Continental drift and mountain building

Continental drift and mountain building

Under the process of plate TECTONICS, the continental plates of the earth slowly drift as they respond to the drag of molten rock circulating in the deep parts of the earth's crust below. Where plates collide over millions of years, rocks very slowly crumple—some get pushed into deep layers of the crust, and others buckle upwards to form mountain chains. The high mountains of Papua New Guinea are continuing to grow as the Australian Plate moves north and pushes into the western section of the Pacific Plate; and the Himalayas have formed from the collision of the Indian and Eurasian Plates.

As land masses move and mountains grow or are eroded away over geological time, they cause very slow and long-term changes in climatic patterns. For example, the location and size of land masses influence the distribution and intensity of surface heat absorption and reflection, which cause high and low pressure systems and give rise to wind movement. The location, orientation and height of mountains affect air circulation and cloud formation, and rainfall distribution patterns.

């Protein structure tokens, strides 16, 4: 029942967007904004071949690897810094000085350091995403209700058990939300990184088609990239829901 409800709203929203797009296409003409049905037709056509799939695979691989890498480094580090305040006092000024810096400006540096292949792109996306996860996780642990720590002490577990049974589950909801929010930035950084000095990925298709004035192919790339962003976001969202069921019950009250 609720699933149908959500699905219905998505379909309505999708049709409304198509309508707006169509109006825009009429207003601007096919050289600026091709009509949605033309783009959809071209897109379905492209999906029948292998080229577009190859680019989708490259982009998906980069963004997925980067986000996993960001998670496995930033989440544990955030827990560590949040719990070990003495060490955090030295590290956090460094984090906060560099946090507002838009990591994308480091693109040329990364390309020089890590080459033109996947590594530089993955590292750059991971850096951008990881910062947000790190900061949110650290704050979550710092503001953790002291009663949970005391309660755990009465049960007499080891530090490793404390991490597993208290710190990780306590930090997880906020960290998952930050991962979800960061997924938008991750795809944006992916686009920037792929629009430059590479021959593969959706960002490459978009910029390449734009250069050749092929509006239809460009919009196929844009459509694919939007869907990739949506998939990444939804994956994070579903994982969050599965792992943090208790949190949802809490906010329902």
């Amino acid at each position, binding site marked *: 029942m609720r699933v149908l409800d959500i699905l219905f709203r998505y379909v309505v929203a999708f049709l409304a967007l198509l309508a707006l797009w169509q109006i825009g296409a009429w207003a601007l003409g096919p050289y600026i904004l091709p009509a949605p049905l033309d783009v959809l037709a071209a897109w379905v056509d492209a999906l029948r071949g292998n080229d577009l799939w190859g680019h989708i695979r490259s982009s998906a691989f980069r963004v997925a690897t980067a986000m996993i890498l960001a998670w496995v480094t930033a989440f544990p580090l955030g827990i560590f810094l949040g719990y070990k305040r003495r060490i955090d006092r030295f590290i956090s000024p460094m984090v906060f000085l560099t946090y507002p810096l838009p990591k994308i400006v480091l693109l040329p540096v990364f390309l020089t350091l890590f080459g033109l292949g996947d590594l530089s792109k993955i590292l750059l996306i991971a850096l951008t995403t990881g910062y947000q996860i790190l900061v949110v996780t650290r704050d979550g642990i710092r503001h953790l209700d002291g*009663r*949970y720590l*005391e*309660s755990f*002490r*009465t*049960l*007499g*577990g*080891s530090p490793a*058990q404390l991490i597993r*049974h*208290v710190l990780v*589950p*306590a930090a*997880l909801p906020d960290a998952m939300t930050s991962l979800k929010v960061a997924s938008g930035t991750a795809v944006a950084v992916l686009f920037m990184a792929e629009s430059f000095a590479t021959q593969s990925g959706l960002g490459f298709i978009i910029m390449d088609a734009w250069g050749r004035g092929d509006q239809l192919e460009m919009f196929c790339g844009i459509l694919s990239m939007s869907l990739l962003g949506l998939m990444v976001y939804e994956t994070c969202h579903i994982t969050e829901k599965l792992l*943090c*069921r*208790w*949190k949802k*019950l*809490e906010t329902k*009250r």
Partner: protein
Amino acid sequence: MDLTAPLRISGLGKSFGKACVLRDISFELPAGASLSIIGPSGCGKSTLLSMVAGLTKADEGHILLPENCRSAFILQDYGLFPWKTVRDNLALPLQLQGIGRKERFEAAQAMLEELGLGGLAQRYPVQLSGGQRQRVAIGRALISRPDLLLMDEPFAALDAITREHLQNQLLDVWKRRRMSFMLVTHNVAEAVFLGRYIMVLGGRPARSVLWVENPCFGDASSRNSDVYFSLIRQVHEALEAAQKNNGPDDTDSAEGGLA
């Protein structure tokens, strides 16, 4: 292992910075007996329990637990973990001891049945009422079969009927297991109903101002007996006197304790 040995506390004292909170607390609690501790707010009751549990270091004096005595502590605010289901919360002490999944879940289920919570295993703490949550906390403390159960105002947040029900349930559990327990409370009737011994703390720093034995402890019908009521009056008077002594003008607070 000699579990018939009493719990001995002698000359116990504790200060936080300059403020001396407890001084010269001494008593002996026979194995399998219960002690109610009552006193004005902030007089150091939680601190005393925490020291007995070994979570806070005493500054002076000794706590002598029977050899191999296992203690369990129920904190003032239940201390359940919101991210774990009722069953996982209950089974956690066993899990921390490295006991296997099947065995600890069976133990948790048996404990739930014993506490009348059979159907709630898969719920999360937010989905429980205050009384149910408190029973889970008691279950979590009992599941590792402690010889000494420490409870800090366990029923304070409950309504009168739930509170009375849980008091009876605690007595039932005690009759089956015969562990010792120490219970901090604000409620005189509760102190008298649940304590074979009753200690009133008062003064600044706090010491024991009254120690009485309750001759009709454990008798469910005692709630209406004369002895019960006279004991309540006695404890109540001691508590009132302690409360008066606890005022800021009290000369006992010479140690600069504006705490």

It must be remembered that the rate of these geological processes is very slow, and measured in millions of years. Continental plates drift at between 1 and 10 centimetres per year; the Himalayas are growing at around 5 millimetres per year.

Further reading:

W. J. Kious and R. I. Tilling, This dynamic earth—the story of plate tectonics, US Geological Survey, 1996.


15 November, 2010

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